And so it is for nations as well. Our next act will impact not only our individual lives, but the life of the nation, too, for good, or for ill.
What does this quaint image of the balance scale say to us, living in these precarious times, filled with so much violence and the threat of violence, so much injustice and so many social problems that defy solution? Do we throw our hands up in despair? Or do we get involved, believing that our righteous deed, no matter how small, can make a difference?
I became involved in JSPAN because I believe that we each have the power to improve the world with our deeds. As Jews, it is an obligation, a mitzvah, a sacred responsibility. Together, our deeds are bundled together and become transformative in ways we cannot imagine.
Jewish tradition demands of us that we be activists for those whom society has abandoned. We speak for those who cannot speak for themselves. We speak for those who are weak, shunned, and made invisible.
I believe there are three key issues we need to focus on, at this time, from the standpoint of social justice.
Black Lives Matter
Over the last year the names of Michael Brown, Eric Garner, and Freddie Gray became household words. Why did their deaths resonate so powerfully? Was it not because they were betrayed by the very law enforcement establishment that is supposed to protect all Americans?
Some ask, why is it not enough to say “All Lives Matter”? The reason is that not all lives are treated equally. The cry “Black Lives Matter” reminds us that 150 years after the Civil War ended, even with an African-American president of the United States, to be Black in America is to live, unavoidably, in fear of the authorities, based on the belief that there are two sets of rules, one for White Americans and another for Black. This is unacceptable.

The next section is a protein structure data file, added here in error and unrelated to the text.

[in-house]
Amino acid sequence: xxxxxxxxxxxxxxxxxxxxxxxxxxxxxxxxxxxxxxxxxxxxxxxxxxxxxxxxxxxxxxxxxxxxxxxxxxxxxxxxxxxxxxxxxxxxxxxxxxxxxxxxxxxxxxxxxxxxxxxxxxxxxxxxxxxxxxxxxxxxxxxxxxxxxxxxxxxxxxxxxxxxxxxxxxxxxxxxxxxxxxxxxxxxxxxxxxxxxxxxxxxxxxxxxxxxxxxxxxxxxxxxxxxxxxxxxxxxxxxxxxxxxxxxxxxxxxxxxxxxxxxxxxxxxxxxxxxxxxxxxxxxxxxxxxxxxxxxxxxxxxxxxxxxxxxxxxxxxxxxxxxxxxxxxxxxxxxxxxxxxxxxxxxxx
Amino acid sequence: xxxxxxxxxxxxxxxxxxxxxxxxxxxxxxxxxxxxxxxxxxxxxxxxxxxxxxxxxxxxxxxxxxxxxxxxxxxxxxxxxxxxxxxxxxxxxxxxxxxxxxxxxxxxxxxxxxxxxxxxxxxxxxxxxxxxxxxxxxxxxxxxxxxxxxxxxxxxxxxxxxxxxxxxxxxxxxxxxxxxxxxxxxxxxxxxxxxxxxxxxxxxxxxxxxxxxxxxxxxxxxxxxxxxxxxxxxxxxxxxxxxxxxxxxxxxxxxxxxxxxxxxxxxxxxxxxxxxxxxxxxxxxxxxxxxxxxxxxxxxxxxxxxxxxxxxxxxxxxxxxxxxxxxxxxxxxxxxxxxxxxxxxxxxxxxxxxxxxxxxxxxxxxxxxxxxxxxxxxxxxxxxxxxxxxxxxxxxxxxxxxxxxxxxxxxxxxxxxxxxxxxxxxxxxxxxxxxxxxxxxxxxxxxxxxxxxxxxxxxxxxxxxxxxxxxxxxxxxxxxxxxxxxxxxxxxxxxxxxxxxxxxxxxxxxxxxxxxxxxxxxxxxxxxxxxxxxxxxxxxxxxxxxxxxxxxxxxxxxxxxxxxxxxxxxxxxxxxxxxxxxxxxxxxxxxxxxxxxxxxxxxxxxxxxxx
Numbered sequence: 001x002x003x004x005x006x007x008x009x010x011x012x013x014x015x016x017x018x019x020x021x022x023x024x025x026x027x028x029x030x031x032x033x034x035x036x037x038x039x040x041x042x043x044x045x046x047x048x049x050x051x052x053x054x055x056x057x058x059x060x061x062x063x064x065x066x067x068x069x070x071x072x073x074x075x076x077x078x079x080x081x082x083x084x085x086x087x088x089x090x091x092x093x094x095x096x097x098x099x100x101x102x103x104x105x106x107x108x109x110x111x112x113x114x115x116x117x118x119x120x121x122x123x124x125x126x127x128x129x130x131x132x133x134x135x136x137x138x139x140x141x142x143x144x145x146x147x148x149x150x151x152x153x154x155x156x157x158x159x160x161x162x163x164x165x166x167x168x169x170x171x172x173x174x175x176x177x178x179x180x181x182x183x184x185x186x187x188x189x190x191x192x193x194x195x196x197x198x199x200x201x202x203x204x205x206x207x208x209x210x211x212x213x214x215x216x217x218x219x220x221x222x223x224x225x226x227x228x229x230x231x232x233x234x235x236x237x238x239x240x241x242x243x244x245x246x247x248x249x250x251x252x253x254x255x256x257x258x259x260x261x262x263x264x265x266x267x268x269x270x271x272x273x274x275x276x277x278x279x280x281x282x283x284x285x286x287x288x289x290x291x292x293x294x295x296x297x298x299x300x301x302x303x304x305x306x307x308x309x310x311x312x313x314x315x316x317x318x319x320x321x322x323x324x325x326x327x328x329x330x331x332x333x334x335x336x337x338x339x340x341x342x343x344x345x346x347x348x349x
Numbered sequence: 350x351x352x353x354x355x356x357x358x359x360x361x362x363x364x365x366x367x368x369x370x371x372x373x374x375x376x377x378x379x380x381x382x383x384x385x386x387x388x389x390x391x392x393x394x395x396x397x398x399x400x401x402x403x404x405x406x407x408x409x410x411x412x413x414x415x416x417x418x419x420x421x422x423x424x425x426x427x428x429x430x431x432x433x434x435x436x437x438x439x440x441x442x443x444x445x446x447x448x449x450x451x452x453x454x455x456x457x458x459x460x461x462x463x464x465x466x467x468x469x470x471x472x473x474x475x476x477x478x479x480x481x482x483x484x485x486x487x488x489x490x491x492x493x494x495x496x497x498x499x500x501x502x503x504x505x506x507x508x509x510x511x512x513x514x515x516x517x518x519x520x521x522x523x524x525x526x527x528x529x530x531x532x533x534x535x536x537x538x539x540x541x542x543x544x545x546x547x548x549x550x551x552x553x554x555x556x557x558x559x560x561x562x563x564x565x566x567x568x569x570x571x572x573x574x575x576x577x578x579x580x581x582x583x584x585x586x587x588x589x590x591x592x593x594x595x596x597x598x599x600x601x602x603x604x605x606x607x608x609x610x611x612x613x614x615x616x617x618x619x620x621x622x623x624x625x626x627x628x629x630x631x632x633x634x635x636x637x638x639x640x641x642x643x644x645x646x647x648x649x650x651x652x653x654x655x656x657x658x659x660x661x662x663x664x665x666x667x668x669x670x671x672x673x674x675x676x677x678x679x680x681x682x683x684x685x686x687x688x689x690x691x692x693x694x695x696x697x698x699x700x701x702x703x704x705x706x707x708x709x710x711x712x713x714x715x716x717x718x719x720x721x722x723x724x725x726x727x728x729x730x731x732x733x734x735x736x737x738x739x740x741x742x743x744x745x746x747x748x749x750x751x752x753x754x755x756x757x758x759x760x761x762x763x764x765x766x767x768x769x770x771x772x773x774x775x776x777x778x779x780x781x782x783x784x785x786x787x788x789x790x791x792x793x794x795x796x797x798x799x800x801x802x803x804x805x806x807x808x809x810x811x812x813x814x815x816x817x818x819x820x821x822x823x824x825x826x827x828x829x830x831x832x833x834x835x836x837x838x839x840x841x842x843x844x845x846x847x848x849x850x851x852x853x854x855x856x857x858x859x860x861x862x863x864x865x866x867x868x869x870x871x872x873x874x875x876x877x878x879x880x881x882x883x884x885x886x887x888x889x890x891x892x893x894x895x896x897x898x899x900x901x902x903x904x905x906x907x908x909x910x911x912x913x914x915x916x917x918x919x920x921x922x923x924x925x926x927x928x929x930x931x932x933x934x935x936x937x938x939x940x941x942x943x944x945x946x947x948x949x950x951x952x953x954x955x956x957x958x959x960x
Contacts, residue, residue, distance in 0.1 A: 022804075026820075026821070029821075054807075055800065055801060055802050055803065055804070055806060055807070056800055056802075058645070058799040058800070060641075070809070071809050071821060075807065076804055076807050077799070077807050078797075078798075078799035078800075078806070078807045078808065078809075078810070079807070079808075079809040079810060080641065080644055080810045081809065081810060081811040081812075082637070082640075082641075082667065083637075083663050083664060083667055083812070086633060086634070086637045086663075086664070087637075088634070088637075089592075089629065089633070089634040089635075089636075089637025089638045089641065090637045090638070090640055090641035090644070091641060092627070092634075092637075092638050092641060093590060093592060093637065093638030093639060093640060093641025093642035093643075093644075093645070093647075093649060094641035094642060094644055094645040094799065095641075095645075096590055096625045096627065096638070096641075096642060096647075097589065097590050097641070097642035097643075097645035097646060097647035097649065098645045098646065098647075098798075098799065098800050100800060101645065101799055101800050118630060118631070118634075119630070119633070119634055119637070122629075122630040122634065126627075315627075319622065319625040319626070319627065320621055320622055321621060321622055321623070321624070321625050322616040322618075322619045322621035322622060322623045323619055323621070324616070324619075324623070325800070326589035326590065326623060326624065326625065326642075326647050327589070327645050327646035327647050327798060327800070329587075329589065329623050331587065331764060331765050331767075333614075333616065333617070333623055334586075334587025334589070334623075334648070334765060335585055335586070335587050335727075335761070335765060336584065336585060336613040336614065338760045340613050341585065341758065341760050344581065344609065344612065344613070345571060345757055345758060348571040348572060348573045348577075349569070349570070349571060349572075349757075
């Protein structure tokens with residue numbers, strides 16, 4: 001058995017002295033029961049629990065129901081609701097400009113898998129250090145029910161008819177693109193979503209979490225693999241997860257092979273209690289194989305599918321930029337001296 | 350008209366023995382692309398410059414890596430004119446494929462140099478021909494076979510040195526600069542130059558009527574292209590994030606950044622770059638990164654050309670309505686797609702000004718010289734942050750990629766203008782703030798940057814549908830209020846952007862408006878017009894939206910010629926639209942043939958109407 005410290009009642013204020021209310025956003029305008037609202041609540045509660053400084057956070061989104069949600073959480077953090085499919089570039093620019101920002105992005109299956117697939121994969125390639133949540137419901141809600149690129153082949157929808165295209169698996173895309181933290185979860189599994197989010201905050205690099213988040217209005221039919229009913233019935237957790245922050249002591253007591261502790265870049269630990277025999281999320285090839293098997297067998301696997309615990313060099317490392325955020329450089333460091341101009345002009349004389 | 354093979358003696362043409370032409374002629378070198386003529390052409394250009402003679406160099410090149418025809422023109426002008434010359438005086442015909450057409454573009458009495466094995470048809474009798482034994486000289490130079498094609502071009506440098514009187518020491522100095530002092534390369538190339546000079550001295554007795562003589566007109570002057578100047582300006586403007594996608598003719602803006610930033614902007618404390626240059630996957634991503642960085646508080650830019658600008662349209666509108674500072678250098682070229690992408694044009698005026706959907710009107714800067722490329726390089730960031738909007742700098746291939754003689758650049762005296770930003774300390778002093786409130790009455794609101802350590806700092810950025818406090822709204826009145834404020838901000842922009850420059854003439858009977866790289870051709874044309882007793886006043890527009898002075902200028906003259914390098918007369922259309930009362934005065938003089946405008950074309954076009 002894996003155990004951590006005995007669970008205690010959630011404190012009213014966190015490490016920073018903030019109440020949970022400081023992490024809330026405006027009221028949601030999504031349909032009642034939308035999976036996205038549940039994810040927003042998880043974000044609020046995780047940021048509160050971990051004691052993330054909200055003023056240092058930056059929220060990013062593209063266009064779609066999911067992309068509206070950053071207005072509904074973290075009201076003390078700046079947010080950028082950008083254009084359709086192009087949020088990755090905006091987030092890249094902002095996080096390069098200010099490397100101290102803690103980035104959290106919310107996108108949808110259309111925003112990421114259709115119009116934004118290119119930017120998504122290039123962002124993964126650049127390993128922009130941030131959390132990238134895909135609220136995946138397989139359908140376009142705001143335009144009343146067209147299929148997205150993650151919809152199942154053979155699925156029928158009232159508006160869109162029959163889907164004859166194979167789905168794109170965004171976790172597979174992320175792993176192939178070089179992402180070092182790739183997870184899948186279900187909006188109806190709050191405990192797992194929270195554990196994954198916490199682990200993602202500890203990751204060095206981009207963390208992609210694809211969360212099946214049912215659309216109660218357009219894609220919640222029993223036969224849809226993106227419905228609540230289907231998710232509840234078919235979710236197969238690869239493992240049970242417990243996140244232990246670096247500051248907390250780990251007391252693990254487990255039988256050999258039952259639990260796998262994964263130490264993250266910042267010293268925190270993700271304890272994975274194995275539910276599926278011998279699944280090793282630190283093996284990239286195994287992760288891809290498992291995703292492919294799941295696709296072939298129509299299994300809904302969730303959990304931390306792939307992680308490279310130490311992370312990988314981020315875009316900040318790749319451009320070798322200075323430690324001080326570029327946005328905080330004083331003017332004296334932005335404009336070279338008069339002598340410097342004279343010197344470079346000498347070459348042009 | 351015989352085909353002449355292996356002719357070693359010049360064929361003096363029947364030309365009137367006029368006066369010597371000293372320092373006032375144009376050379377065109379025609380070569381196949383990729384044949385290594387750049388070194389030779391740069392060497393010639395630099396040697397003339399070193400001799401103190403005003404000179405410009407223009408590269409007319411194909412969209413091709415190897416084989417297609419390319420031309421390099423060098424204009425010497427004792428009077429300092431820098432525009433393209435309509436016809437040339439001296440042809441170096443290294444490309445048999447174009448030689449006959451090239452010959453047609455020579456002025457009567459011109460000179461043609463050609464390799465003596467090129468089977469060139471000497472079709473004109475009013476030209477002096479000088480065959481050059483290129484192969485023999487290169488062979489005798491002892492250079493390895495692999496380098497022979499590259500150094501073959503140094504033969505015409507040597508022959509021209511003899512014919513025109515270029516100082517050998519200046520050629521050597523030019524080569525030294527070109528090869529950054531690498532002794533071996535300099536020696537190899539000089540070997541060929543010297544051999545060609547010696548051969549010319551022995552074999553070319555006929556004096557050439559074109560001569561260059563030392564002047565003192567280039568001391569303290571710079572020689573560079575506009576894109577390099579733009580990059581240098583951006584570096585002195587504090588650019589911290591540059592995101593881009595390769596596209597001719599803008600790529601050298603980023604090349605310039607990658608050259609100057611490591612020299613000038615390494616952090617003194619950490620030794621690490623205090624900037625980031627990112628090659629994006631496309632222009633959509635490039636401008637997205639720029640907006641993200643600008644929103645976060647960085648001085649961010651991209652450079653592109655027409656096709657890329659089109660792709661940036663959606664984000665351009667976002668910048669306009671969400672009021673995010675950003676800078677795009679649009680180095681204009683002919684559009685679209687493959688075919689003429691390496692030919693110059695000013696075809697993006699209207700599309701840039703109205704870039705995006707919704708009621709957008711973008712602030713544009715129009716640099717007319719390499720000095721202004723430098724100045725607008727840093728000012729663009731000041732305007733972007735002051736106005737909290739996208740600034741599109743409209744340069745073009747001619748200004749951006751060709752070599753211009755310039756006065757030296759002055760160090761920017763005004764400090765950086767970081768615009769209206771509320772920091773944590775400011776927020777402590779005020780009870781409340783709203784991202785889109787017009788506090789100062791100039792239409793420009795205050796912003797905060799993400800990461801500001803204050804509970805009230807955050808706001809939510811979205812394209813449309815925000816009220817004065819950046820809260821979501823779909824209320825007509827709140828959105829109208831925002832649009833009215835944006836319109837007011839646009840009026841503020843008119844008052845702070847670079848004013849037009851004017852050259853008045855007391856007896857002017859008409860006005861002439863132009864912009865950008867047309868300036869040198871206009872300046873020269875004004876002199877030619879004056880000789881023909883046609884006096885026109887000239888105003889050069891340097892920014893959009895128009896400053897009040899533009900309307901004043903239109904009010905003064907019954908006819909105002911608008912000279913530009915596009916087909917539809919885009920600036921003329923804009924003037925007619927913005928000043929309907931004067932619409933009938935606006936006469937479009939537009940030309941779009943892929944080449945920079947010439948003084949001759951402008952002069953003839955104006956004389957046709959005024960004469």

Our tradition teaches us that all human beings are created equal. We are taught that a legal system must treat each person equally and judge each person on the merits of his or her case. We must work for a society that makes this ideal a reality, and ally ourselves with others who are in the forefront of this struggle. It is overdue.
In the aftermath of the “Great Recession” of 2008 and 2009, the consolidation of wealth among the few is breathtaking. For many Americans, jobs today are harder, less secure and less lucrative. In contrast to the wealthiest, they have lost ground economically. Unions, once the engine that created equity and dignity for working men and women see their membership dwindling and their legal protections disappearing. Government leaders balk at the idea of raising the “minimum wage” to be a “minimum living wage.” Politicians fall over themselves in efforts to diminish the safety net that guarantees that the least able among us can live with dignity.
Our tradition teaches us that each person has the right to a fair wage, and that no one can be truly free without the social guarantee of economic stability for all.
America is a nation of immigrants. It is immigration that has made this country great.